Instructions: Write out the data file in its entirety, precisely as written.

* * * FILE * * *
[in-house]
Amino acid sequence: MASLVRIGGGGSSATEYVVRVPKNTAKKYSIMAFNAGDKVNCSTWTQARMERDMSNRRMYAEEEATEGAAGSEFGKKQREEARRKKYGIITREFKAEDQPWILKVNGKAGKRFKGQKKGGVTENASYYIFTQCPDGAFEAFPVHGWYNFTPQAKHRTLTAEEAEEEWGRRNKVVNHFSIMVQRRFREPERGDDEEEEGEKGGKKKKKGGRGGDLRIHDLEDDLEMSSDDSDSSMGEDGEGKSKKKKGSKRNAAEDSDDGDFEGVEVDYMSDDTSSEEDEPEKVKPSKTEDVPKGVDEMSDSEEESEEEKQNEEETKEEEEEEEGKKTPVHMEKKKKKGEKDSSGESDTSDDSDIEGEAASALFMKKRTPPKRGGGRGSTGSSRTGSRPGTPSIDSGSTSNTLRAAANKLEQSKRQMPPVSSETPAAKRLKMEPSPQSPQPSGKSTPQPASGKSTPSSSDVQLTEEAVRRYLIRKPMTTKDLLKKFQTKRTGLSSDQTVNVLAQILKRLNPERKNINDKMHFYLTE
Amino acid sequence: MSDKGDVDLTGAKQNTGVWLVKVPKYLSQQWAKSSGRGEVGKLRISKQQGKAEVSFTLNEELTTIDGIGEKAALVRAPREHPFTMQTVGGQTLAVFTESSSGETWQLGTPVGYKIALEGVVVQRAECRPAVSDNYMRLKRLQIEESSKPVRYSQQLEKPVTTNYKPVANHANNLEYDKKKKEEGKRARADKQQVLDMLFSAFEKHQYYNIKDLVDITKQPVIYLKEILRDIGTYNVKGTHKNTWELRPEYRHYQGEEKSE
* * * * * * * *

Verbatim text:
[in-house]
Amino acid sequence: MASLVRIGGGGSSATEYVVRVPKNTAKKYSIMAFNAGDKVNCSTWTQARMERDMSNRRMYAEEEATEGAAGSEFGKKQREEARRKKYGIITREFKAEDQPWILKVNGKAGKRFKGQKKGGVTENASYYIFTQCPDGAFEAFPVHGWYNFTPQAKHRTLTAEEAEEEWGRRNKVVNHFSIMVQRRFREPERGDDEEEEGEKGGKKKKKGGRGGDLRIHDLEDDLEMSSDDSDSSMGEDGEGKSKKKKGSKRNAAEDSDDGDFEGVEVDYMSDDTSSEEDEPEKVKPSKTEDVPKGVDEMSDSEEESEEEKQNEEETKEEEEEEEGKKTPVHMEKKKKKGEKDSSGESDTSDDSDIEGEAASALFMKKRTPPKRGGGRGSTGSSRTGSRPGTPSIDSGSTSNTLRAAANKLEQSKRQMPPVSSETPAAKRLKMEPSPQSPQPSGKSTPQPASGKSTPSSSDVQLTEEAVRRYLIRKPMTTKDLLKKFQTKRTGLSSDQTVNVLAQILKRLNPERKNINDKMHFYLTE
Amino acid sequence: MSDKGDVDLTGAKQNTGVWLVKVPKYLSQQWAKSSGRGEVGKLRISKQQGKAEVSFTLNEELTTIDGIGEKAALVRAPREHPFTMQTVGGQTLAVFTESSSGETWQLGTPVGYKIALEGVVVQRAECRPAVSDNYMRLKRLQIEESSKPVRYSQQLEKPVTTNYKPVANHANNLEYDKKKKEEGKRARADKQQVLDMLFSAFEKHQYYNIKDLVDITKQPVIYLKEILRDIGTYNVKGTHKNTWELRPEYRHYQGEEKSE